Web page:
After that is the "first" chapter of Anakubo Kousaku's Pocket Monsters manga!
I'm putting the word "first" in quotations because the manga had already been running in CoroCoro Special for a number of months by this point under the title "The Strange Pokemon Pippi" (ふしぎポケモンピッピ). This chapter, however, is the CoroCoro Comics debut of the manga and, as you can see, it receives a full-color title page.
At the end of the manga chapter is this two-page "Pockemon Club" section that catches readers up to speed on the plot-less manga they just read. Notice how they use the older "pockemon" romanization that, if you really think about it, makes more sense? They also misspell Pikachu's name, something that would be absolutely unheard of today.
Toward the end of the magazine are two more ads for the next month's issue of CoroCoro Comics that more or less say the same thing that all the others said:
Finally, CoroCoro Comics, like other manga anthology magazines, prints comments from the authors at the end of each issue. Let's see what Pocket Monsters artists Anakubo Kousaku has to say about his first chapter of the manga:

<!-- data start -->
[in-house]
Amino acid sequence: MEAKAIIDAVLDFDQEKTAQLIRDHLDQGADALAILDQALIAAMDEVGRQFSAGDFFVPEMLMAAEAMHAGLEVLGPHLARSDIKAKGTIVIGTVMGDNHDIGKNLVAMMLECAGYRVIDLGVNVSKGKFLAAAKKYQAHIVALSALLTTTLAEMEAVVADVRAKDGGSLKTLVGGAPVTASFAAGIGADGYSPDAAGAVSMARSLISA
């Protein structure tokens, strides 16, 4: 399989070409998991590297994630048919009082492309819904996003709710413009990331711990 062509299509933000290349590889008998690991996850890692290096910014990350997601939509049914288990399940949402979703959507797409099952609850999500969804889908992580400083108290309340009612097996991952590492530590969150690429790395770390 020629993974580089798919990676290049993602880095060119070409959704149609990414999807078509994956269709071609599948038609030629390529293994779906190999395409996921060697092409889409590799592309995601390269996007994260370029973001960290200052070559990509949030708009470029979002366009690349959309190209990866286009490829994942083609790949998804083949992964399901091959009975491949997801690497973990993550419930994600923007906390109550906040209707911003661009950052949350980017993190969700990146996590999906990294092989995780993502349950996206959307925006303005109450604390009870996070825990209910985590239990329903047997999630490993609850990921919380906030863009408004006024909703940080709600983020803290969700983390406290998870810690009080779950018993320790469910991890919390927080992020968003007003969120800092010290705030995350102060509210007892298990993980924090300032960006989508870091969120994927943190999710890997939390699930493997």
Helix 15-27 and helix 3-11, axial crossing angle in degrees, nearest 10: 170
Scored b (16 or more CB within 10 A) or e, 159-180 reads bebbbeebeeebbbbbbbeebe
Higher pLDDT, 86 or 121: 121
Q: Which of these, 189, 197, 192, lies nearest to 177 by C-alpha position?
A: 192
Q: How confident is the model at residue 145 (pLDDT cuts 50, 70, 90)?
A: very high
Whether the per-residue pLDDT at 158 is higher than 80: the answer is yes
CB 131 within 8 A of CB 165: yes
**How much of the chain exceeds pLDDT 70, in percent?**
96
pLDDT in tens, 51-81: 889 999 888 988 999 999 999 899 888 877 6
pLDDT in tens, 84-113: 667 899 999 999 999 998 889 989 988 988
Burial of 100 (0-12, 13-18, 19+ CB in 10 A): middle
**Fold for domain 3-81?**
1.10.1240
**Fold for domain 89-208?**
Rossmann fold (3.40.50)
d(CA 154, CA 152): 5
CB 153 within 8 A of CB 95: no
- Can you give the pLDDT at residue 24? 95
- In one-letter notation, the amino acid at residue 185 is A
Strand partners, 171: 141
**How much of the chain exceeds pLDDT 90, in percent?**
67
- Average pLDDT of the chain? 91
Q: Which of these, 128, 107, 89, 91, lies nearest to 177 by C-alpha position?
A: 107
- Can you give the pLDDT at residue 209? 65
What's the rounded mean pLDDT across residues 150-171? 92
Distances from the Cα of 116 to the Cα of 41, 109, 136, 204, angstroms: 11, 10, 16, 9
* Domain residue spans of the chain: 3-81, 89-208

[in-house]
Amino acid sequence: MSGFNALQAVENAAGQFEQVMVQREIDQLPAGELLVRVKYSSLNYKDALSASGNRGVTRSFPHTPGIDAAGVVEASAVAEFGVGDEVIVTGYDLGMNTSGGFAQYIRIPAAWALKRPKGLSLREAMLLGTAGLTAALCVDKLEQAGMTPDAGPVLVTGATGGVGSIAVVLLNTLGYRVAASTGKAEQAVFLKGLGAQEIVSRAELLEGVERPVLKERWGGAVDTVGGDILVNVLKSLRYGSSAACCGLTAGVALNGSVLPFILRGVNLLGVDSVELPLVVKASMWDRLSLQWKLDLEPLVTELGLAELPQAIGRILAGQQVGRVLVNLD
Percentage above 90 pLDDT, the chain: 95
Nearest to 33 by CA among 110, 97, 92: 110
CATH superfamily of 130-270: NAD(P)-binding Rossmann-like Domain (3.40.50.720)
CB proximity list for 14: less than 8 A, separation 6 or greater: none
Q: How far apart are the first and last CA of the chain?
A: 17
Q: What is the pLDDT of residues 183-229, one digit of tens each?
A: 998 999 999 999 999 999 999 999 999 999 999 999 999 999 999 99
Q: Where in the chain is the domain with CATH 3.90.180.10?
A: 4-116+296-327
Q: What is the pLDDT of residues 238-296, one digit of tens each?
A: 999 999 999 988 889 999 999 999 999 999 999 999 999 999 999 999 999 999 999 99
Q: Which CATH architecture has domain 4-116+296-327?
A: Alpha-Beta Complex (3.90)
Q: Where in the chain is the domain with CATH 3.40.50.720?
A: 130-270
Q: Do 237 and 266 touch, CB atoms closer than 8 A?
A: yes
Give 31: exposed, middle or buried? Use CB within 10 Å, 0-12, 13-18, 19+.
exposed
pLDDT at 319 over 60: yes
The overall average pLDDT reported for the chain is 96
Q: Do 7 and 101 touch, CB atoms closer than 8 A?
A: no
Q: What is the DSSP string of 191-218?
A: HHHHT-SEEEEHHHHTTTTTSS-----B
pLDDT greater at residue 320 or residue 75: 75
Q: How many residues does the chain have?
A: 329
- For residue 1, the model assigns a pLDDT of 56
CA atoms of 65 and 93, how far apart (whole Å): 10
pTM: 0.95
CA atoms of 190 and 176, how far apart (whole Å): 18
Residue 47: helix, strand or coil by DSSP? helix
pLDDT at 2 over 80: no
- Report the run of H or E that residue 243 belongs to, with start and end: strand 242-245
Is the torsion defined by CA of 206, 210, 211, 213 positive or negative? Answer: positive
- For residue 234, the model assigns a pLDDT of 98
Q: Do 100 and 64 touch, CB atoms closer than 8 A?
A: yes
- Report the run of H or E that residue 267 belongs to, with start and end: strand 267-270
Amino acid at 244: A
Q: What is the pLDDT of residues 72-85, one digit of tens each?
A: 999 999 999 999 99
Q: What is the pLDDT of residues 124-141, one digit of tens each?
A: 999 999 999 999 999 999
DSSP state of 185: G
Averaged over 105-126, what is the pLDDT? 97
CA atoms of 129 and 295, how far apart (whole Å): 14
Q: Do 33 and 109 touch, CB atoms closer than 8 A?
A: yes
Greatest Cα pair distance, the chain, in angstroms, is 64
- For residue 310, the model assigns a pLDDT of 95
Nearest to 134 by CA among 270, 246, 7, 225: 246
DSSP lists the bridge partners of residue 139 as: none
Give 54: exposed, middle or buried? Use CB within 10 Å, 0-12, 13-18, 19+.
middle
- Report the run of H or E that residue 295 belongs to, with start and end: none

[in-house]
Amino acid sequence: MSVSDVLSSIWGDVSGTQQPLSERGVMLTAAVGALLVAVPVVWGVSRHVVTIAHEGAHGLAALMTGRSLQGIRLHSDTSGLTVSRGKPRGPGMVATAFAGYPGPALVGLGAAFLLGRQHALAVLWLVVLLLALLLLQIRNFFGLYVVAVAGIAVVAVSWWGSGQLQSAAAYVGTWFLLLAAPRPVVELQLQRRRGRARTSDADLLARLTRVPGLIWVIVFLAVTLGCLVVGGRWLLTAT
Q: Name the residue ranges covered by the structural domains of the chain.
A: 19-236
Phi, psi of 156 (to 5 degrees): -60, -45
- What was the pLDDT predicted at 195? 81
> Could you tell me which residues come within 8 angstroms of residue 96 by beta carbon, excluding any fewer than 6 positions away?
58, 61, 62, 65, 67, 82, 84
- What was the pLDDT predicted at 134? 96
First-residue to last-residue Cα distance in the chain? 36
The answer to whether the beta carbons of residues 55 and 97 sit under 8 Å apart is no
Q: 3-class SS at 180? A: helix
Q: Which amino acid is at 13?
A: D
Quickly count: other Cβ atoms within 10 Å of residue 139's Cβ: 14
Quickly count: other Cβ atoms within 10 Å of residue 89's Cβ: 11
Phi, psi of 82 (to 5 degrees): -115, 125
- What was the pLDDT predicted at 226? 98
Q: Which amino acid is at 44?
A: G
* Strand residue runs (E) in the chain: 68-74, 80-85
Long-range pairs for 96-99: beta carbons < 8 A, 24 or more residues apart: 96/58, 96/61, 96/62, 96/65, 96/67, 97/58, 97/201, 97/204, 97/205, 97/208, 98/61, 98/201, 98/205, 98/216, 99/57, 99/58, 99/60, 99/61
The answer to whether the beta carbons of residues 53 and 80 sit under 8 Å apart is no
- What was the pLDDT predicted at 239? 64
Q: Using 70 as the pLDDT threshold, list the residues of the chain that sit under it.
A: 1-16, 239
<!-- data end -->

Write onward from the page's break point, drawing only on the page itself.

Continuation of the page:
...and that's it for this month! Pocket Monsters is really starting to pick up steam!!
On-sale: September 15th, 1996
The first thing you see when you open the October 1996 issue of CoroCoro Comics is this build-it-yourself "stationary set" featuring Let's Go and Pocket Monsters. It's printed on cardboard stock and has perforated lines that allow you to detach the pieces. A how-to guide is printed later in the magazine.
When you click on the images above to enlarge it you'll see that the pokemon they use to advertise the franchise for this particular set are Lizardon, Arbo, Eevee, Seadra, and Mew. How delightfully random!
Next up is this feature on the Trading Card Game which, according to this page, now has a set release date of October 20th, 1996. Here's a translation of the five main elements the magazine points out:
And here's the text in the green-ish box that features the Pikachu and Orchid-Hakase cards.: